Going Hard – is my goal

Back in August I knew that I was headed for hip surgery. I knew that I would be out of Crossfit, well, I knew I would be out of doing CrossFit at an intense level, for 9 months to a year. I also knew that I wanted to do a competition.

When I was a hardcore runner I would always hear, “running is an inexpensive sport. Just buy a pair of shoes, and go run.” Or naysayers would opine, “Why are you paying for a race? You run 6 miles on the same course every day. Why pay money just because the time you and call it a 10k?”

Here’s the answer, at least for me. I paid for it BECAUSE they timed me. Maybe you are a better person than I. Maybe you can go hard when you feel like it. I can’t. Trust me, I’ve had 47 years to figure this out. When the gun goes off I go hard. No gun and I do not do the work at the same intensity. My core self needs that stopwatch, the comparison to others.

For 3 years I had no desire to compete in CrossFit. It was a fun, tough, challenging fitness program but no more than that. Then I got the bug to dig deep. To see how hard I could go. To test my fitness. Through the CF Masters group on Facebook I was able to find a team that needed a male teammate for Moxie Madness. In the end they needed 2 male teammates, and I was able to recruit someone from my gym which made it even better. It was almost like a team of my making.

Team at Moxie Madness

Two WODs standout from that competition. One was a nasty deadlift/box jump over combo. Men started doing 75 deadliest at 225#’s while the women did 75 box jump overs. When both teams were finished we switched and did this as many times as possible for 10 or 15 minutes. I thin we did 3 rounds.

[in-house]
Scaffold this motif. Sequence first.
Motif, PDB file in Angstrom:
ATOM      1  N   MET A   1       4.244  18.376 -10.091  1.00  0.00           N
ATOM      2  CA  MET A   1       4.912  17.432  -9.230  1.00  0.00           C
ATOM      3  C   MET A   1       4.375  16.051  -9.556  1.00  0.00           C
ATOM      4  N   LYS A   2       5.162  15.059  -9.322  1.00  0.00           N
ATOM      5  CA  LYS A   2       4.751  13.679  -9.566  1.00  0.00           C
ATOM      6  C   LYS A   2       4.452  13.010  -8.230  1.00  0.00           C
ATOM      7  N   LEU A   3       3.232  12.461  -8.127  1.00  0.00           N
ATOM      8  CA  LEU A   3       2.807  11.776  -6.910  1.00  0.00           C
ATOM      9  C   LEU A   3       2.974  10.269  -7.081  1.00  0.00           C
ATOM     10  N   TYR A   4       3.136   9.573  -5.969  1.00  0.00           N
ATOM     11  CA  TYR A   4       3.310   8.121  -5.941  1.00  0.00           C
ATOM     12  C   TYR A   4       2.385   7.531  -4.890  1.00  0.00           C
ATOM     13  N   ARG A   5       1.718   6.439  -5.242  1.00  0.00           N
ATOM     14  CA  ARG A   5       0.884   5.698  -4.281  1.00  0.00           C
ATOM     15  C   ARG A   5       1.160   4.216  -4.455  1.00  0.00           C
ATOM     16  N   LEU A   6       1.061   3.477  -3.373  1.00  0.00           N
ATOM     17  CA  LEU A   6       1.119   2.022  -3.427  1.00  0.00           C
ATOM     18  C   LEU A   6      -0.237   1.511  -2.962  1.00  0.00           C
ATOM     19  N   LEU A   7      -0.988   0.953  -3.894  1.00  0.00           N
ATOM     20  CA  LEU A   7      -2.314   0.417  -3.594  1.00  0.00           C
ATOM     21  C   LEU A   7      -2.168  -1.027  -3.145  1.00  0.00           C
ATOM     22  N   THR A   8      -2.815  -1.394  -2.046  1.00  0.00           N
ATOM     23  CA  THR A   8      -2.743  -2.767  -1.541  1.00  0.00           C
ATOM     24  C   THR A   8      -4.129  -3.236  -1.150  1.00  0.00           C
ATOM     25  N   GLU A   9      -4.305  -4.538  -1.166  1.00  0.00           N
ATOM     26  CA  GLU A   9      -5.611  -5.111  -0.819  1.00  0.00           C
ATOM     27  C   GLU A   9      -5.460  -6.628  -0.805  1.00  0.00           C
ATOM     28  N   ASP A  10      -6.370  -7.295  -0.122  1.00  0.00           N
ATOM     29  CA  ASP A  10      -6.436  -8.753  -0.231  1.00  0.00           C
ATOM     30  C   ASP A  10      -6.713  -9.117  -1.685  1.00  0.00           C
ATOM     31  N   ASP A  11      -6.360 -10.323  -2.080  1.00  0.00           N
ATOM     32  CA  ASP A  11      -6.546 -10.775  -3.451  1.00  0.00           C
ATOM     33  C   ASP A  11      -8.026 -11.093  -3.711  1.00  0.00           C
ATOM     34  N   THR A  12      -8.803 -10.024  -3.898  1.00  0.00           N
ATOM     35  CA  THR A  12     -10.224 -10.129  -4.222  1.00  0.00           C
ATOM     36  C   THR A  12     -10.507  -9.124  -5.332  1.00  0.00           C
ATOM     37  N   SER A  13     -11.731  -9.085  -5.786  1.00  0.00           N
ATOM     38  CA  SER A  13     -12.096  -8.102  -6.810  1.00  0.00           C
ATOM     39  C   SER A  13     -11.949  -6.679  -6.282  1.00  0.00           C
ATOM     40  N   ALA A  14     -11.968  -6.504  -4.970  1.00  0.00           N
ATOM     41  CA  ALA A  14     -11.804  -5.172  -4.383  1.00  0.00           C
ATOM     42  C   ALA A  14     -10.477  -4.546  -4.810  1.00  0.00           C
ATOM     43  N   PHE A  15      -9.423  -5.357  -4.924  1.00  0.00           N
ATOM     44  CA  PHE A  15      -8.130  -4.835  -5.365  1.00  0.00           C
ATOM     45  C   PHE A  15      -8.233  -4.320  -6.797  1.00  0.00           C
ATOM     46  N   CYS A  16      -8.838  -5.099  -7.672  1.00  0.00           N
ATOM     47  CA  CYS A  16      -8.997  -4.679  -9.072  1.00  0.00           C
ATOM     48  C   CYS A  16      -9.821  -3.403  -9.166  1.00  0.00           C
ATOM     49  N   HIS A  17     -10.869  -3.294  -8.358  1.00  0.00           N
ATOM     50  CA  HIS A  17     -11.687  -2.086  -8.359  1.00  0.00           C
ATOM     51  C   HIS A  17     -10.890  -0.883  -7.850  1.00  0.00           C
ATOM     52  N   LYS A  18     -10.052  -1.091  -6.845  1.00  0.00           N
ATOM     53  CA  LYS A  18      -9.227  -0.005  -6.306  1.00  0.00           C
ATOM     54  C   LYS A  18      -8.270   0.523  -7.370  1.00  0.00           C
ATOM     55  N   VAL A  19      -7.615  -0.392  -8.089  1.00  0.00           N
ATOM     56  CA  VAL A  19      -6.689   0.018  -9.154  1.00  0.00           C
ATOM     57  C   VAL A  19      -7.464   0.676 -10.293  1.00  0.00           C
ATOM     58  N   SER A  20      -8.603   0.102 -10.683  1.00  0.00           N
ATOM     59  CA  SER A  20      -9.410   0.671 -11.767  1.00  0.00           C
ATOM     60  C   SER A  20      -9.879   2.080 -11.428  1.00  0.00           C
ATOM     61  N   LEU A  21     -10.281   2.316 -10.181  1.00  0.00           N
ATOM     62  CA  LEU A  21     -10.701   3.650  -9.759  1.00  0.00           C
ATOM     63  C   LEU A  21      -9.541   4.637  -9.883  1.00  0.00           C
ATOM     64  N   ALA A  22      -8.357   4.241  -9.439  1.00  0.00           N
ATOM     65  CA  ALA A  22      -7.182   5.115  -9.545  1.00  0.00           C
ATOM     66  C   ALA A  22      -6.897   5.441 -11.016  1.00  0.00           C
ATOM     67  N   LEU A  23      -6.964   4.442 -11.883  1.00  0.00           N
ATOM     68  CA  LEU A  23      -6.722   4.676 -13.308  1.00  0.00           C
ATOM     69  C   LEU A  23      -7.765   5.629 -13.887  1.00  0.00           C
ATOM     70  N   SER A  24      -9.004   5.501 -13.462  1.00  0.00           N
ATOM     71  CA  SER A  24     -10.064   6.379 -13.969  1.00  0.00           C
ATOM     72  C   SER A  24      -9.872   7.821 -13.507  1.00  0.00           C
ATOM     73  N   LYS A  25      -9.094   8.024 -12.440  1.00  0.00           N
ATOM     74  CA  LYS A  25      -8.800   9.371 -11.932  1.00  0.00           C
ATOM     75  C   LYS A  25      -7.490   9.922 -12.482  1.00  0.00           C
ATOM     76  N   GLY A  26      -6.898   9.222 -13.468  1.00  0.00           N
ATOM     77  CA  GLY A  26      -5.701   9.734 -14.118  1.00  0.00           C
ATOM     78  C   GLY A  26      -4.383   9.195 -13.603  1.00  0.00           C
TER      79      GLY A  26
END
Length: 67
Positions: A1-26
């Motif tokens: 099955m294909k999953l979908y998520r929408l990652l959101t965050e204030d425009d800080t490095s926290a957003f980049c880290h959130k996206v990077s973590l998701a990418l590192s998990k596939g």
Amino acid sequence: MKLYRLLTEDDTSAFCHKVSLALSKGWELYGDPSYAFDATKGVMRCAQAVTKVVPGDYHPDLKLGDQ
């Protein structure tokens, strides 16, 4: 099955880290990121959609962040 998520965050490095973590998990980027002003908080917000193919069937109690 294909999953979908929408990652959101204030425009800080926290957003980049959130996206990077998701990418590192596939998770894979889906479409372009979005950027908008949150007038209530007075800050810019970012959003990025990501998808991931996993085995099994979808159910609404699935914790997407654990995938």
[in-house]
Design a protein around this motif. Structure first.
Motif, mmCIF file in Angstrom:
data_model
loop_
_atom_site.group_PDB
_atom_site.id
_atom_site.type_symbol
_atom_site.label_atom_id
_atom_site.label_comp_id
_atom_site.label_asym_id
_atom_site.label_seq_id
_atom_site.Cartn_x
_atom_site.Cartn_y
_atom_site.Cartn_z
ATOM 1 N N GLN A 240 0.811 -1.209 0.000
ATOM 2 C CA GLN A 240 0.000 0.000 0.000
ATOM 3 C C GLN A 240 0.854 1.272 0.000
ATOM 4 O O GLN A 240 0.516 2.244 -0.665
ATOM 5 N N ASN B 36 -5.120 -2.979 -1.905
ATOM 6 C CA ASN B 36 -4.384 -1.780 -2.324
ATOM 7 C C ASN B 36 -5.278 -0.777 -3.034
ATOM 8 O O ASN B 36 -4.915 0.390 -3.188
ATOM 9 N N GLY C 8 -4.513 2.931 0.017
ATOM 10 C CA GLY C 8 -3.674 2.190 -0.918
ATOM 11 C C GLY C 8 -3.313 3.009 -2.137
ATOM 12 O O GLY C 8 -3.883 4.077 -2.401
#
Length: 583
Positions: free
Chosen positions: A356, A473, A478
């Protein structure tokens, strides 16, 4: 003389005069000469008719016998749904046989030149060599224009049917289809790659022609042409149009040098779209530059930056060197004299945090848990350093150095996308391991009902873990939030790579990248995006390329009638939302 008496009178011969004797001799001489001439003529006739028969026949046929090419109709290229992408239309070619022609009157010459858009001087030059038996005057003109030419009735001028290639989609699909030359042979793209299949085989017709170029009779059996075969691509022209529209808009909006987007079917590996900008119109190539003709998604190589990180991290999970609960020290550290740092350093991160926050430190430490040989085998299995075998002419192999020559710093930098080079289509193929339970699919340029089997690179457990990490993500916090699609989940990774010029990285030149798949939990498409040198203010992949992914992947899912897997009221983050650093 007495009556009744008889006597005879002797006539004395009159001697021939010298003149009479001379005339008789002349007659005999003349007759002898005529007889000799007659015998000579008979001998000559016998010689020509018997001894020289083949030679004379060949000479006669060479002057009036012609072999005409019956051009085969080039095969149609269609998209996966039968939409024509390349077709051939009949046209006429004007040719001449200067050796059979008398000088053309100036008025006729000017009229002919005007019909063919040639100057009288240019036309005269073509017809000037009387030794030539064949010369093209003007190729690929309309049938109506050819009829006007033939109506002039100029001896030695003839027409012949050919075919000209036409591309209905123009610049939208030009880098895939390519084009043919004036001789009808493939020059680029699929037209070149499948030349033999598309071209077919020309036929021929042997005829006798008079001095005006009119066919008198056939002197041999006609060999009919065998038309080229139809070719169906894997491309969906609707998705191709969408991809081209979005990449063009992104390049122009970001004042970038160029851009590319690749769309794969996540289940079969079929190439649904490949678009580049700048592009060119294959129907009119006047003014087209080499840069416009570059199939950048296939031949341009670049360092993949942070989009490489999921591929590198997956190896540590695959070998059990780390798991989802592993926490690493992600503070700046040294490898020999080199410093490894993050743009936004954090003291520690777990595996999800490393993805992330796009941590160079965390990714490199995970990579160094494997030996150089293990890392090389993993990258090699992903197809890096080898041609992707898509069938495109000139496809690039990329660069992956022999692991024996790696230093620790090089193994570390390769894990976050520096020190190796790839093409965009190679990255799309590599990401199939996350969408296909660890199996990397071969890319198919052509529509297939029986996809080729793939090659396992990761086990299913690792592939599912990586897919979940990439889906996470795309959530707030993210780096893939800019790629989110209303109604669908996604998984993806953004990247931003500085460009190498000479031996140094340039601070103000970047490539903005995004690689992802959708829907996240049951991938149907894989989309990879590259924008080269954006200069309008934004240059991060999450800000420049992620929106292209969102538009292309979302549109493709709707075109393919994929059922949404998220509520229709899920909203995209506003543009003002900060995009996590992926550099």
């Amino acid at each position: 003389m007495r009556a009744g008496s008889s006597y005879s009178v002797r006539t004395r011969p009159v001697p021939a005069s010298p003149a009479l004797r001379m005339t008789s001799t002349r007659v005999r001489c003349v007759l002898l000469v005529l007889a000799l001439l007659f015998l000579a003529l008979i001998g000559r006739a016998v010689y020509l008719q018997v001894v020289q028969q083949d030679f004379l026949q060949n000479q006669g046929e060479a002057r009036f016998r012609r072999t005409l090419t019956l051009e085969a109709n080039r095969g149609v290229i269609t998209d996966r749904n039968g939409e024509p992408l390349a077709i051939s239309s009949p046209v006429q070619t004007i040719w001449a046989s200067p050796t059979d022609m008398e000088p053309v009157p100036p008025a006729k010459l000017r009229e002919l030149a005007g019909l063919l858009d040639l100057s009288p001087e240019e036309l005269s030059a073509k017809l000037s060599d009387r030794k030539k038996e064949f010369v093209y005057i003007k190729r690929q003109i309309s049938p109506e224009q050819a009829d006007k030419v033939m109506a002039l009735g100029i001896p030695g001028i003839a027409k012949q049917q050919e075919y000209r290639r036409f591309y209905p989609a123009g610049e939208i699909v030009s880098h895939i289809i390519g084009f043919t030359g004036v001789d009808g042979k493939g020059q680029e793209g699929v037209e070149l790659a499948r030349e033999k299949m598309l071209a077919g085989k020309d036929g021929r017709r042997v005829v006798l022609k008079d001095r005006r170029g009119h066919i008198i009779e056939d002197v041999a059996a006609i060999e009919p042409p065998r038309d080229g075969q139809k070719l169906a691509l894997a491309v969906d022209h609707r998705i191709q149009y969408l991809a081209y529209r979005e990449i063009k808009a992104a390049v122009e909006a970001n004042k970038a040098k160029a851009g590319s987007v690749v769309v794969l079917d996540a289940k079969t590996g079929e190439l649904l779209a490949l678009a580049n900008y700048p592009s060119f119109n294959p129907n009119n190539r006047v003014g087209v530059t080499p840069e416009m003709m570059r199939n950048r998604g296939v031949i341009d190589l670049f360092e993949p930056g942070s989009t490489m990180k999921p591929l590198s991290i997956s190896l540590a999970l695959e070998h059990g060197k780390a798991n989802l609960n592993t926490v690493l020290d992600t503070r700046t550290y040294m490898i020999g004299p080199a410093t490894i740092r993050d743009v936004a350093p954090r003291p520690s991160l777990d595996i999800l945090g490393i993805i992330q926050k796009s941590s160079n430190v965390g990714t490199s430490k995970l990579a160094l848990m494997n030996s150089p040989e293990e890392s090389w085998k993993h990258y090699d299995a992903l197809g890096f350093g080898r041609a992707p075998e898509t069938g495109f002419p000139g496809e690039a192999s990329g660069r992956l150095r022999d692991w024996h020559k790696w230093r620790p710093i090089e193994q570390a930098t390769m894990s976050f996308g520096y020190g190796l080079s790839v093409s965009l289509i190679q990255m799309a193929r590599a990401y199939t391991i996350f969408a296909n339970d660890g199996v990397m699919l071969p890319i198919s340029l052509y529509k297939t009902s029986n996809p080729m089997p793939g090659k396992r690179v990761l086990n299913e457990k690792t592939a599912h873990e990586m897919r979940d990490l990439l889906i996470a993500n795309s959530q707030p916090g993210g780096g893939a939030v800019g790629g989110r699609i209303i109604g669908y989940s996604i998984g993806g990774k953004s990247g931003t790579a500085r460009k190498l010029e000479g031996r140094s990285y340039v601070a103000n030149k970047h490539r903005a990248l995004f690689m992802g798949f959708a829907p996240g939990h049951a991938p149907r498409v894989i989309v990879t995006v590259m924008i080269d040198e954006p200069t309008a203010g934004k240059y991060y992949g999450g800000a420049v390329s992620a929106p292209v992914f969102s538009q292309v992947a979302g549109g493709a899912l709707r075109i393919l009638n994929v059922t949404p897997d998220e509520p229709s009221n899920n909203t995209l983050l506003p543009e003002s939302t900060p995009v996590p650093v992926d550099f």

I don’t remember the details. I don’t remember how long the workout lasted. I don’t remember how many reps we scored.

I do remember the total endorphin high that I had afterwards. I gave it all I had, and I was floating afterwards. Nothing beats that high.

The second WOD was also tough and lasted even longer. There were 3 working stations and 1 rest station. The working stations included a shuttle run while carrying a 65# sandbag, a row for calories, and an air assault bike. When the runner finished their shuttle run everyone switched positions. The only thing I remember from that workout is how non-stop it was. From the run immediately onto the rower. From the rower immediately onto the air assault bike. From the bike to a very short rest period. Go. Go. Go. It was head down and give it everything you had. Damn that felt good. It hurt, but I knew I was digging deep. Much deeper than on any workout at the gym.

I also remember the last WOD. The last half of the last WOD was both simple and brutal. After the women on our team did an ascending set of kettlebell snatches we had to do burpees over our partner. Instead of jumping up to a point we had to jump over our partner who was holding a plank. By the end of the WOD I couldn’t tell if it hurt more to do the burpees or to hold the plank. When our women were doing their kettlebell snatches I remember laying face down in the grass gasping for air, sucking up dirt because I was too tired to raise my head.

I don’t know if I will ever be truly competitive at CrossFit. I was a decent runner/triathlete and cold occasionally place in the top 3. My lack of brute strength limits my capabilities in the lifts and my chances to place, but that’s not the point.

The point is to have the occasional experience where I can lay it all on the line.

 

 

 

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